Mandatory credit: Brad Mills-USA TODAY Sports
The Nationals pitching staff is good. Historically good, in fact. Over the first two games, they struck out 31 Mets batters, which, according to STATS, is the most in the first two games of a season since 1914. 100 years. Time is relative, and to start this season it sped by like a 95 mph heater.
Sure, a pitching staff with Strasburg and Gonzalez will do that sort of thing. These guys can pitch. Pick one and build a rotation around him. Look past those guys, past the starters, to the bullpen. After two games, the bullpen struck out 15 in seven innings. After game three, those relievers struck down 18 in 10. Spring training may be over, but it’s only pitchers and catchers here.
Last season, the Nationals bullpen was above average. Not great. Not barrel dregs. Using WAR as a measuring stick, out of 15 National League clubs, the Nats were sixth at 3.0. Respectable numbers. The Cardinals were one tick above at 3.1, and their bullpen was considered an asset.
Still, the Nats were tied with the Cubs for fourteenth in strikeouts with 418, and taking innings pitched out of the equation, they were 11th in K/9 at 7.88. While being the best at striking batters out doesn’t necessarily make your bullpen unstoppable, it doesn’t hurt either. Lots of strikeouts typically indicate lots of guys with swing and miss stuff, which is a good thing.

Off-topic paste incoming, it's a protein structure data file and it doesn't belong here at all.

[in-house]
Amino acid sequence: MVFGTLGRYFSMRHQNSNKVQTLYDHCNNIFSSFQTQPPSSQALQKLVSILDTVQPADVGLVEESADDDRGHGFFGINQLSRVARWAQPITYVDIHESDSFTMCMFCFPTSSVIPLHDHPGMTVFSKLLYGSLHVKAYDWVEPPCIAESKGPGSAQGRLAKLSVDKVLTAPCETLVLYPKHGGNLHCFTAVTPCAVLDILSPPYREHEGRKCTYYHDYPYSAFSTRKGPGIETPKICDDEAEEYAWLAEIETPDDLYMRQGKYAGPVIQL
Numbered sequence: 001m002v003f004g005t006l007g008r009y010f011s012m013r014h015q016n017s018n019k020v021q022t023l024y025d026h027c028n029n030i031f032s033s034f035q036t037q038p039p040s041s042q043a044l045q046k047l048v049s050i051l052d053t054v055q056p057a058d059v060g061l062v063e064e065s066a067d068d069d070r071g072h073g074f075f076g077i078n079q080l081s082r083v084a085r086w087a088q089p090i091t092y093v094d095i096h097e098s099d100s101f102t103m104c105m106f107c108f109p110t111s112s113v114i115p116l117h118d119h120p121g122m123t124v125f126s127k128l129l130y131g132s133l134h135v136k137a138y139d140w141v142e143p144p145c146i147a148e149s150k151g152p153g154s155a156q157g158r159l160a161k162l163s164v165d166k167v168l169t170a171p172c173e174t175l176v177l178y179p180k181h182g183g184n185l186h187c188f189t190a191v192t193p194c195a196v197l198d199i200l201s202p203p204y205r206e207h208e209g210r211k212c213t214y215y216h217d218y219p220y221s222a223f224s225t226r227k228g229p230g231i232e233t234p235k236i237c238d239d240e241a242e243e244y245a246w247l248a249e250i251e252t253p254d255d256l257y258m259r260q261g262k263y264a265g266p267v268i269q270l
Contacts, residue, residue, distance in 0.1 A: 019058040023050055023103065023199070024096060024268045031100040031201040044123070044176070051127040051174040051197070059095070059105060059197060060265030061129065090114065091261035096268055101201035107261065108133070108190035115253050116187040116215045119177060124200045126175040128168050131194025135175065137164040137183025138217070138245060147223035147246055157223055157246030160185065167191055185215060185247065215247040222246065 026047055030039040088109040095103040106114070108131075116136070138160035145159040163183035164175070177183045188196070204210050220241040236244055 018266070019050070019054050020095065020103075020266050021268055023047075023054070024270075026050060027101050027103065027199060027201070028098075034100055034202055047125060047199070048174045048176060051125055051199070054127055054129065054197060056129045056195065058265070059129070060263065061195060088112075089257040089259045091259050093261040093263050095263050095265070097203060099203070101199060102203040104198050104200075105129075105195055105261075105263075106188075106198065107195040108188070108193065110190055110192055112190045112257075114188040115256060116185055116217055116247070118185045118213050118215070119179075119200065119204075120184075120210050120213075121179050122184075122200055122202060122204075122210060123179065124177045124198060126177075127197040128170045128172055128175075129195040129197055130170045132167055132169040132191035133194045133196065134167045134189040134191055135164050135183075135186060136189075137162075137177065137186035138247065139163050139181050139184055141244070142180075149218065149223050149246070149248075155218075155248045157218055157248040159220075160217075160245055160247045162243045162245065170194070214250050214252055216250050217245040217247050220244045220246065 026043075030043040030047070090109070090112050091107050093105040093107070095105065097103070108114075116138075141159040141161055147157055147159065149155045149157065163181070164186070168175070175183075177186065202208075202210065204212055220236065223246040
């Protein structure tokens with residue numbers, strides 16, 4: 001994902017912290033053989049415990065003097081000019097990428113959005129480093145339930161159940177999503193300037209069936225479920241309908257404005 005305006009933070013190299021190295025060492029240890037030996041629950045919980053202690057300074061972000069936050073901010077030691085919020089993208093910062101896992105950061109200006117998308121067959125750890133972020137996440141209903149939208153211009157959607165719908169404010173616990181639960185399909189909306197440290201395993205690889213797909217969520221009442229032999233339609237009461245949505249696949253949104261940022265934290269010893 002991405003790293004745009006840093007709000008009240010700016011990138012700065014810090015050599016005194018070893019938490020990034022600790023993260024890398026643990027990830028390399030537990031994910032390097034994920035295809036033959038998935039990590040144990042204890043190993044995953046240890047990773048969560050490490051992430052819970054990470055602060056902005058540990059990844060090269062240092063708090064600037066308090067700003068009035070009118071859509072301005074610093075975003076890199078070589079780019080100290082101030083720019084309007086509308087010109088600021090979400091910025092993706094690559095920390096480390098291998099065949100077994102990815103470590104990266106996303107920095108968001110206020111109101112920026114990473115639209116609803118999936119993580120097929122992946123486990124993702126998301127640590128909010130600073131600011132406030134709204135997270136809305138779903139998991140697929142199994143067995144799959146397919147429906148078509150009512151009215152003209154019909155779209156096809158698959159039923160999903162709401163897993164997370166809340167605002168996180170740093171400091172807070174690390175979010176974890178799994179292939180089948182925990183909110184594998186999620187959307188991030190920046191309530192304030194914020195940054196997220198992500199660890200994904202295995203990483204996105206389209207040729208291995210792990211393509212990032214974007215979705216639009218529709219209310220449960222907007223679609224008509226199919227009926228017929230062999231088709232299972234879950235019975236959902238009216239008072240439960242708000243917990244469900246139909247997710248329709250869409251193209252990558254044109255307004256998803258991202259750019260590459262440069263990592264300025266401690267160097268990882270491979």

If we look at last season’s overall strikeout leaders by team, in the NL you have Cincinnati, Los Angeles and Pittsburgh. Playoff teams. If batters can’t hit your pitches, runs usually can’t score.
Preventing runs wasn’t the Nats problem last season, and it’s unlikely to be a problem this season. This staff won’t forget how to pitch any time soon. An above average, but not great, bullpen helps win games, and, more importantly, won’t lose you many. The Nats relievers don’t walk many batters, ranking third in the NL in BB/9 last season at 2.98, and they were precisely middle of the road for keeping the ball in the park. They may allow a few more batted balls than the majority of teams, but they give their fielders a chance to make plays.
Here we are, three games in, and the bullpen currently averages nearly two strikeouts per inning. This won’t last of course. Greatness rarely does. Storen, of the career 8.5 K/9, and Clippard, at 10 K/9, will revert to their norms. The team travels on back to Washington to face the Braves and won’t see the Mets again until May 16. We’ll forget these early games, but you wonder if the Mets ever will.
Not for a hundred years.